Taking three or more non-antiretroviral (ART) medications increased the risk of hospitalization or death among U.S. veterans regardless of whether they were living with HIV, a study published in AIDS found. The result was independent of demographic characteristics or severity of illness.
Data from the U.S. health care system for veterans on 9,473 people living with HIV and 39,812 without the virus were analyzed. Non-antiretroviral polypharmacy was quite common among all participants and similar regardless of HIV status, with over two-thirds receiving more than two medications and over a third receiving at least five.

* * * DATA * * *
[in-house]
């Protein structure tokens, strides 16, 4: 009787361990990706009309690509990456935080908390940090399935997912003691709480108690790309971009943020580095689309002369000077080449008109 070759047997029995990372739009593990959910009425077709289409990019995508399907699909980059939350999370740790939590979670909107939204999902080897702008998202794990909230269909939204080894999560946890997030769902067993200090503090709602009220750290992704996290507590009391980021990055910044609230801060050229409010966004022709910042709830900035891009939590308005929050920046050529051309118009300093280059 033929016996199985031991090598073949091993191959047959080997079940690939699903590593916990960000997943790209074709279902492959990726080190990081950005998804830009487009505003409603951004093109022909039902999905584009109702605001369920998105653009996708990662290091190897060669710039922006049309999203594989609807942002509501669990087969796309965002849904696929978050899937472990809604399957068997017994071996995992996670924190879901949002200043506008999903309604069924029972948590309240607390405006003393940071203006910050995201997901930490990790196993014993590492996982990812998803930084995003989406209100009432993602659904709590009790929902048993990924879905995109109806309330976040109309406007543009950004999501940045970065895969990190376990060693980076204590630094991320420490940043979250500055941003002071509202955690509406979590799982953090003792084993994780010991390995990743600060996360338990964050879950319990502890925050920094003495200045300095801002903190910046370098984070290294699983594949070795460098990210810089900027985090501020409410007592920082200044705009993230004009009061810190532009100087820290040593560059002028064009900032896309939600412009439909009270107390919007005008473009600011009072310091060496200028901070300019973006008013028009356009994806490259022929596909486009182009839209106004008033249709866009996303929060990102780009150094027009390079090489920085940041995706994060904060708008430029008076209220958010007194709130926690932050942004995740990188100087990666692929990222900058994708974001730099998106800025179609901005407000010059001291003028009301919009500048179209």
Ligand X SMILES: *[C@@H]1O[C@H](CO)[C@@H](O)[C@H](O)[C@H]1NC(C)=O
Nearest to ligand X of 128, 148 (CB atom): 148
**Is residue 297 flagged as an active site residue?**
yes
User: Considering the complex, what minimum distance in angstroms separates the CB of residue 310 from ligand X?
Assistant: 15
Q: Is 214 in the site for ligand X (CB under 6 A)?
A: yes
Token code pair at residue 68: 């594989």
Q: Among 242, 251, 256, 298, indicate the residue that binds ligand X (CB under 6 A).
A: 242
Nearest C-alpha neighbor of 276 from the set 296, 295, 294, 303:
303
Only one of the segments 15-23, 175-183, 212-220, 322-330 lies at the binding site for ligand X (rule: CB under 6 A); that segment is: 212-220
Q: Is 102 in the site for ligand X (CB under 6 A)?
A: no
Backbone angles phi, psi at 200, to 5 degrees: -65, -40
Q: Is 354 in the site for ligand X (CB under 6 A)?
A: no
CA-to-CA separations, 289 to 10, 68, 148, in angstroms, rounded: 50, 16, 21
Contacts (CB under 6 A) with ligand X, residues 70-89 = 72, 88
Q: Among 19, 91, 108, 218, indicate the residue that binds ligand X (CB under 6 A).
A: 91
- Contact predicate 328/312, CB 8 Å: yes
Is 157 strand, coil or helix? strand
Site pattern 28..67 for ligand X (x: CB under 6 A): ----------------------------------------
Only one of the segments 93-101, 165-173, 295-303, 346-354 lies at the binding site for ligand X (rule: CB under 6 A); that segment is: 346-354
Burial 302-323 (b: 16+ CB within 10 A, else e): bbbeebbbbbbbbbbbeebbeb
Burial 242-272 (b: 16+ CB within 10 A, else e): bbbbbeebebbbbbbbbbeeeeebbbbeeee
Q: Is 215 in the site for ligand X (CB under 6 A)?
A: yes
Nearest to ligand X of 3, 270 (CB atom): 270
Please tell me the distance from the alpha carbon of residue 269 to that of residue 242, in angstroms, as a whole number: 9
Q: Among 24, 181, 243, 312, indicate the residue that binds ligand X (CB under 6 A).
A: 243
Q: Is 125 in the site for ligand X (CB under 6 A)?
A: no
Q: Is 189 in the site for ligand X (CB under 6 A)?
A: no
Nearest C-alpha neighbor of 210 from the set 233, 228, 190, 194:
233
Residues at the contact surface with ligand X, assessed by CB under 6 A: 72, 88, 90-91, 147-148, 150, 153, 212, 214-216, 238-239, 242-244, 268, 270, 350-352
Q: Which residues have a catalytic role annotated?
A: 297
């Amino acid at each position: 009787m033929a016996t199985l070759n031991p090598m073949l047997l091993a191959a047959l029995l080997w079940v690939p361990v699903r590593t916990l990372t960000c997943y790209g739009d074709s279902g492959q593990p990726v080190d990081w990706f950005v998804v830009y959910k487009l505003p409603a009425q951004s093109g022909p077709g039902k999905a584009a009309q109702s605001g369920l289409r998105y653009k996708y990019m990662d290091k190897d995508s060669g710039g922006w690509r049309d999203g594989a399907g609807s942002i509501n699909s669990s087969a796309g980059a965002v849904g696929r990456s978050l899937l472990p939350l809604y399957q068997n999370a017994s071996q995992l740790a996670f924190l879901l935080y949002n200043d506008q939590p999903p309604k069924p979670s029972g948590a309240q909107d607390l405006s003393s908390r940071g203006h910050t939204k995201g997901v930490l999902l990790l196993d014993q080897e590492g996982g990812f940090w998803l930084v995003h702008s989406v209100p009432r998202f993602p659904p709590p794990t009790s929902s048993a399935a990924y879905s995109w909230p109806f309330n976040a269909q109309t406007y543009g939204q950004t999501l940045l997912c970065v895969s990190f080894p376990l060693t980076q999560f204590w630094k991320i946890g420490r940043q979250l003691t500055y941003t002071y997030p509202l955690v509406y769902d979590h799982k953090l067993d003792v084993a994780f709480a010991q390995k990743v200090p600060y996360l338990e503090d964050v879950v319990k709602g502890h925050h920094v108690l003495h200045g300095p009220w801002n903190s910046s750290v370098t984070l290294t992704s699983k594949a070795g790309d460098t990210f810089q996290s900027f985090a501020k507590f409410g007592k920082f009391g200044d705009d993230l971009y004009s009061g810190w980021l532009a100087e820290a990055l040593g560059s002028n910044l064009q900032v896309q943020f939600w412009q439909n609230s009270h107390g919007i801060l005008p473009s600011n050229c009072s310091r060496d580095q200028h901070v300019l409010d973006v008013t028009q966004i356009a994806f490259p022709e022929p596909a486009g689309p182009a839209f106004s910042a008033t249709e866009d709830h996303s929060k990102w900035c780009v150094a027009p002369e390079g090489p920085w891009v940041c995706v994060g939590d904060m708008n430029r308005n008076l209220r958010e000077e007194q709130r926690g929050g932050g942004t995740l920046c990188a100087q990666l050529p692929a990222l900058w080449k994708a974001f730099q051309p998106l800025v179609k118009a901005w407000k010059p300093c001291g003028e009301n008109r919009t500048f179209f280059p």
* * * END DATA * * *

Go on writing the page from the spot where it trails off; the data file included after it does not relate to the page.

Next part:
Participants taking more than two non-antiretroviral medications faced an increased risk of hospitalization independent of HIV status. Serostatus was associated with mortality in those taking three to four non-ART drugs, but not in people taking five or more such medications. The heightened risk may be due to cumulative toxicity, side effects or drug-drug interactions, study authors hypothesized.
As people living with HIV age, they are more likely to take multiple medications, researchers noted. "Future research is needed to determine the impact of eliminating medications not essential for quality of life and survival among those aging with HIV infection," they concluded.